Three Devourers stood in front of the glowing billowing steam. Their eyes shimmered like wet obsidian with the slickness of the oiliest black. Upon instinct, they opened their wings and turned into the wind. One by one they took to the sky. With their massive wings pumping the air, they gradually rose in incremental flaps. Soon they were riding the air currents above the trees of the Great Mapes Forest. Into the night they rose, becoming nearly invisible as black on black in the darkness. Reaching the extent of their elevation, they effortlessly moved through the night. They followed one another circling overhead into a triangular pattern. They were scanning the Mid-Run Valley below. The land stretched out before them, revealing its secrets to their unique vision. Nothing escaped their sight in any direction.
They glided down now. The ancient trees were thick and strong enough to support their weight. They silently came to a rest with a gentle, but heavy, landing on some low-hanging branches. There, they sat motionless for a long time, using all their senses, driven by an instinctive need to feed.
A pair of young lovers had stolen away from the watchful eyes of their parents. They rolled in an adolescent embrace, kissing and laughing softly—tempting targets to the Devourers. But the young lovers were not what they scanned for and not what they craved. So, the lovers went about their lovemaking, unaware they had been passed over.
The Devourers looked beyond. A glen appealed to them, a distant cow pasture, where a herd of animals lay asleep. One by one, the living wood sprang away, as the Devourers pushed off the branches. Catching the air in a mighty pull of their wings the creatures rose into the night again. After climbing high and gaining the desired elevation, they dived in unison, reaching incredible speed, soaring toward the ground, toward their unsuspecting prey.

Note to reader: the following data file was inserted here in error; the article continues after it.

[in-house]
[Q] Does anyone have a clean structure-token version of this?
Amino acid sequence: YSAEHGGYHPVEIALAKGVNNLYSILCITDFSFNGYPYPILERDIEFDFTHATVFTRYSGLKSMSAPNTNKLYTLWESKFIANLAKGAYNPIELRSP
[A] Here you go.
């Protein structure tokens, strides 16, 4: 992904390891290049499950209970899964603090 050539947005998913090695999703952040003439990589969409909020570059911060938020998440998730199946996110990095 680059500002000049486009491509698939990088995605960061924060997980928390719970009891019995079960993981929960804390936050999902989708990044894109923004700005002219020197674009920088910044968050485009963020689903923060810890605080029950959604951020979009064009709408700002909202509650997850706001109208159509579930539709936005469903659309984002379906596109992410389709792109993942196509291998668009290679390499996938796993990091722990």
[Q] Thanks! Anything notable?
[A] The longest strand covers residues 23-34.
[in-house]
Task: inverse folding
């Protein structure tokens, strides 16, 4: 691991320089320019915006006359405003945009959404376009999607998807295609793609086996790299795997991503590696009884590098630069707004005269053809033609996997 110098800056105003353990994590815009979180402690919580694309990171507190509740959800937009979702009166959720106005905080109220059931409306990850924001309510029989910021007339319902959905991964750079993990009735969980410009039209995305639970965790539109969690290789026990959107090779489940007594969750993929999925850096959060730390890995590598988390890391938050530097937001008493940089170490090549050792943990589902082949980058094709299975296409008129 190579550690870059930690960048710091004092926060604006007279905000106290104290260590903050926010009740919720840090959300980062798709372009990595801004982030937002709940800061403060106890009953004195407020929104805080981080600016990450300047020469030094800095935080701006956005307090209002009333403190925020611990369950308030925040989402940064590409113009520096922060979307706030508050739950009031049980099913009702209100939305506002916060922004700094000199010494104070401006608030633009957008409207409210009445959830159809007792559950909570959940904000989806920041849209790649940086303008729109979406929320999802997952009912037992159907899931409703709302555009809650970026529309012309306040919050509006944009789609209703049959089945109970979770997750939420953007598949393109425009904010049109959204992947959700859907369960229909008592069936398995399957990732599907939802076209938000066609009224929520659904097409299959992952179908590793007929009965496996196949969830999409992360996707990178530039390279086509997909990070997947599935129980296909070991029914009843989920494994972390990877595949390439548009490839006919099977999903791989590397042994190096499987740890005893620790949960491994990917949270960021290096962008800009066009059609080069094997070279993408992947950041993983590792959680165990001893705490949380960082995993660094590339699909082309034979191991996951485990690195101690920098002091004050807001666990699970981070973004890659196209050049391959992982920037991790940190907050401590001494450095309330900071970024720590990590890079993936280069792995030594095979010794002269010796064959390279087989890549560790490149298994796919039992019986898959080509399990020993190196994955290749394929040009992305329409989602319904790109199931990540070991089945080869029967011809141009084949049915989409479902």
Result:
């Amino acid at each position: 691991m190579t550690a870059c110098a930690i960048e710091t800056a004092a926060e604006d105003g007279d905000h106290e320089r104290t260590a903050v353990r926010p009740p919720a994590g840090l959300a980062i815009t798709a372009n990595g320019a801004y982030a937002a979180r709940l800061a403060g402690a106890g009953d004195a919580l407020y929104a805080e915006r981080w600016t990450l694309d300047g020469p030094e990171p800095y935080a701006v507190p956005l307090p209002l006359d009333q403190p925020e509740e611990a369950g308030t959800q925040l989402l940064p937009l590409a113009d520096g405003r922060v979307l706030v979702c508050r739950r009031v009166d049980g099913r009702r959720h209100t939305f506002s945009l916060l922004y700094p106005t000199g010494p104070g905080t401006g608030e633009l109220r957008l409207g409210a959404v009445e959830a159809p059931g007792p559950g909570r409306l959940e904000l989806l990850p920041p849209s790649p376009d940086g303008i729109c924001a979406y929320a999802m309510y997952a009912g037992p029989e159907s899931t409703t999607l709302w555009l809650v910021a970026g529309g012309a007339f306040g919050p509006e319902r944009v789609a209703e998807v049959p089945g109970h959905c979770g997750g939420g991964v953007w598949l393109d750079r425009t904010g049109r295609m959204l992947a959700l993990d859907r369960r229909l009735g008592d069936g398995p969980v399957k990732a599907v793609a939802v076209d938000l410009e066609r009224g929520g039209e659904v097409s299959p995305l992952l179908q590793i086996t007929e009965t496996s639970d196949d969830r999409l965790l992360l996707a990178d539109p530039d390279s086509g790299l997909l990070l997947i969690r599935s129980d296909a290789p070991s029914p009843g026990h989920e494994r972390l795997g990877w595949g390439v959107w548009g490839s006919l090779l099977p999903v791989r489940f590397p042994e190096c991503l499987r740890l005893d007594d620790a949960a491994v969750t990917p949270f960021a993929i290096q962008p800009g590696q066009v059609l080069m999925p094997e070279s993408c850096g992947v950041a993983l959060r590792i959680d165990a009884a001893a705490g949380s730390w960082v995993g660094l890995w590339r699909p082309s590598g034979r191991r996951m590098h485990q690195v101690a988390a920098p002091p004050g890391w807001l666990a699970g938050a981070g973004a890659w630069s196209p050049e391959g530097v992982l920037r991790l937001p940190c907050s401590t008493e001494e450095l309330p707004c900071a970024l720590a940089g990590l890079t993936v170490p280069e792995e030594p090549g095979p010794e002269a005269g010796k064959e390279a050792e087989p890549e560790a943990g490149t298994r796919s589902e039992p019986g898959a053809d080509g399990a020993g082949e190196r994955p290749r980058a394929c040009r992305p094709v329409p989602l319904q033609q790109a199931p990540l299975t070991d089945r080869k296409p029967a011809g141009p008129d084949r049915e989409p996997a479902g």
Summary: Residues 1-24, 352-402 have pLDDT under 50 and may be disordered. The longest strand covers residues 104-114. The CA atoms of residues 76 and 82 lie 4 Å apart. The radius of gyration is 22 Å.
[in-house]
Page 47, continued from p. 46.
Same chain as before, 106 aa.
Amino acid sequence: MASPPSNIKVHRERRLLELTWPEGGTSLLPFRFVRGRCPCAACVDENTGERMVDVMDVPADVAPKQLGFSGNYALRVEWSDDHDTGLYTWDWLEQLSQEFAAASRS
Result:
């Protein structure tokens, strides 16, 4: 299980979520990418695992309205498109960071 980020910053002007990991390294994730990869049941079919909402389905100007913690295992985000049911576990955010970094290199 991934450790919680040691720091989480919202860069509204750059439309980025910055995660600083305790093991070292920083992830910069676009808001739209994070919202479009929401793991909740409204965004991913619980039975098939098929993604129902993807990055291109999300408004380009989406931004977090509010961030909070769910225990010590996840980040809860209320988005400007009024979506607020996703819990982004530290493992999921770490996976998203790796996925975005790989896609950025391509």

The Devourers struck with taloned feet, and three cows let out startled screams. The surviving bovines scattered as quickly as they could, running for their lives.
The Devourers opened wide yawning mouths, revealing row upon row of triangular teeth that spiraled in circles down deep purple throats. Each monster, in turn, enveloped half of their animal with the elastic skin of their enormous mouths. Then they tightened, and with a series of jerking, crunchy bites, the cows were severed in half—the uneaten half falling to the ground like a wet bag of sand from a single lethal bite.
The black creatures munched until the meat was gone. Afterward, they remained silently still in the darkness, like giant insentient monoliths. There, they waited for their meal to settle and digest. As the hazy dawn blended orange light through the dark blue, they waited.
The hours passed. Then, the Devourers started to stir again. One lifted a wing and preened underneath with a claw, satisfying an itch that disturbed it. Then, each in turn rose on their three-toed feet, unfolded their wings, and took to the skies. They glided back to the waiting branches of the Great Mapes Forest.
The dawn did not bother them. As the sun rose, they remained perched upon the high branches of the great trees. No observer would be able to recognize them from some distant shadow in the branches. Here, they could watch, invisible in the treetops. The only suggestion they were there was the ever unblinking, ever watchful orbs of their greasy black eyes.
The surrounding lands had brightened into a new day. The lovers had gone long ago, never knowing how close they had come to death. But the Devourers were not sent up from below to punish the wicked. They had another purpose entirely, one even more sinister.
Finally, the dew burned away, and the day revealed hazy shapes in the village below. The townsfolk started to move about in the open, intent upon doing their business, unaware of the danger lurking above.